HappinessMental HealthMotivationPsychListResearchSelf Care

5 Ways to Turn Stress into Your Best Friend

Psychologist Kelly McGonigal did a TED talk that influences others to re-think about the way they perceive stress. Often, when we hear the word “stress,” we associate it with terms, such as “pressure,” “trouble,” and “tension.” When people feel stressed, they break into sweats and their heart rate goes up. This is why stress may affect responses and factors that increase one’s risk of getting heart disease. But, what if stress can be good for you?

A study was done at Harvard University in which the participants were told that their bodies were energizing  to prepare them to meet challenges. When the participants viewed their stress response as being helpful rather than detrimental, their blood vessels stayed relaxed. In fact, their cardiovascular profile looked similar to when people experience moments of courage and joy. This biological change can increase one’s longevity by strengthening resilience to life’s challenges. Psych2Go shares with you 5 ways to turn stress into your best friend:

1. Don’t say, “I can’t. Instead, say, “I will.”

Practice this mantra every day. Don’t hold yourself back from a conflicting situation just because it would be easier to give up. When your body senses danger, it creates a fight-or-flight response. Train yourself not to run away. Stand up to fear and allow the challenges to motivate you rather than influencing you to cower.

2. Do something new that scares you every day.

It doesn’t have to be anything as drastic as skydiving, but by exposing yourself to new situations you never thought you’d ever want to try, it builds up your endurance to accept stress. Ask your crush out on a date. Move to your dream city. Join a social cause that you care about. Seize the day and treat every day like it’s your last.

3. Seek human connection and surround yourself with people who care about you.

Oxytocin is a hormone known as the “cuddle hormone,” because when you hug someone, oxytocin is released in your brain. But, it’s also known as a stress hormone. This is because when you’re experiencing difficulties in life, your body tells you to seek others for support to help you relieve stress. Learn to rely on your loved ones when you’re in need of guidance and reciprocate that support when they need it, too.

4. “Make it happen. Shock everyone.” —Anonymous

Go after your dreams, even if that translates to a more strenuous career. Don’t stay in what you’re familiar with just to avoid discomfort. Go after what is meaningful to you, because creating meaning will always be more fulfilling than settling. No resilience is ever built at a dead end when you don’t provide opportunities to challenge yourself to get better at something.

5. Trust that stress will help you become a better person.

Believe in yourself. Tell yourself that you can handle what seems impossible. You must always nurture your potential and let your fears disintegrate. Have the courage to choose motivation and keep your eyes open to what is ahead.

How do you turn stress into your best friend? Leave a comment down below!

 

References:

McGonigal, K. (Director). (2013, September 4). How to Make Stress Your Friend [Video file]. Retrieved September 21, 2017.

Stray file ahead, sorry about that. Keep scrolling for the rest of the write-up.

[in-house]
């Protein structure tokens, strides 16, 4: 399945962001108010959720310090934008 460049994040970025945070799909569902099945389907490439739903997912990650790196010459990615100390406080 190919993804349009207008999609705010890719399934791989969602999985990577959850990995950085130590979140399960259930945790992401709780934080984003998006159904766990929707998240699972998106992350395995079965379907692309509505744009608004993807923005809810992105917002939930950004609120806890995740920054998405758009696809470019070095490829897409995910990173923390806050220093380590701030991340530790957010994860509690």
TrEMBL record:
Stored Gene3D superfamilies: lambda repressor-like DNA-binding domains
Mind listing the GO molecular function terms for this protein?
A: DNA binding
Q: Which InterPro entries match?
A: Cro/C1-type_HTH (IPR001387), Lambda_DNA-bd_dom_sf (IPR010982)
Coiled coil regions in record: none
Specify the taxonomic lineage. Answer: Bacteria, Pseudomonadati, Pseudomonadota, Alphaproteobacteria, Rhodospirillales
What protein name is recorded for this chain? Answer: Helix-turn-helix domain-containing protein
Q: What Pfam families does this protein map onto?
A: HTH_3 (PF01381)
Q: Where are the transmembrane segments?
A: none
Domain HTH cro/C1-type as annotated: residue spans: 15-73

Catherine Huang
Catherine Huang graduated from the University of Rhode Island with a BA in English. She has a penchant for storytelling, ramen, and psychology. Catherine is a writer for Psych2Go and looks forward to reaching out to its growing community, hoping to encourage others to tap into self-examination and confront life's challenges head on with the most difficult questions.

2 Comments

  1. I think this is a really interesting take on the topic of stress. Rather than focusing on the elimination of stress altogether, which is not always possible, transforming it into a tool for your benefit is a way more practical approach.

    I think that being mindful of connecting stress as one of the leading causes of heart disease is important. A lot of research in this area has been hesitant about labeling it a “cause” because it’s not super clear that stress “causes” cardiac events. (https://www.ncbi.nlm.nih.gov/pmc/articles/PMC2633295/).
    What made this topic resonate for you personally? Have you had experience successfully employing this strategy for stress management?

    1. Hi Valencia, thank you so much for reading! =) You bring up an important and valid point. I recently fixed that portion of the article. Hopefully, it reads a lot clearer and more efficiently. =) Thank you for bringing that to my attention! This topic resonated for me personally, because I’ve been sensitive to stress all my life. I’ve seen it in very black and white terms, and it has always been a struggle for me to find common ground to accept and embrace stress with wide open arms. But, thanks to CBT and being exposed to Kelly McGonigal’s TED talk, both have inspired me to change the way I see stress. I try to tell myself as often as possible that stress will turn me into a champion. Slowly, I am noticing a difference and shift in my mood and how much my resilience has strengthened over time. The mind is such an important tool that it’s important we utilize it in a way that builds us up rather than destroying us. Here is also one of my other articles that is worth reading if you’re interested in shifting perspectives in how we see things: http://psych2go.net/3-questions-using-cognitive-behavioral-therapy-change-destructive-patterns-behavior/

      I hope you have a great day! =)

Leave a Response

Comment moderation is enabled. Your comment may take some time to appear.

Skip to toolbar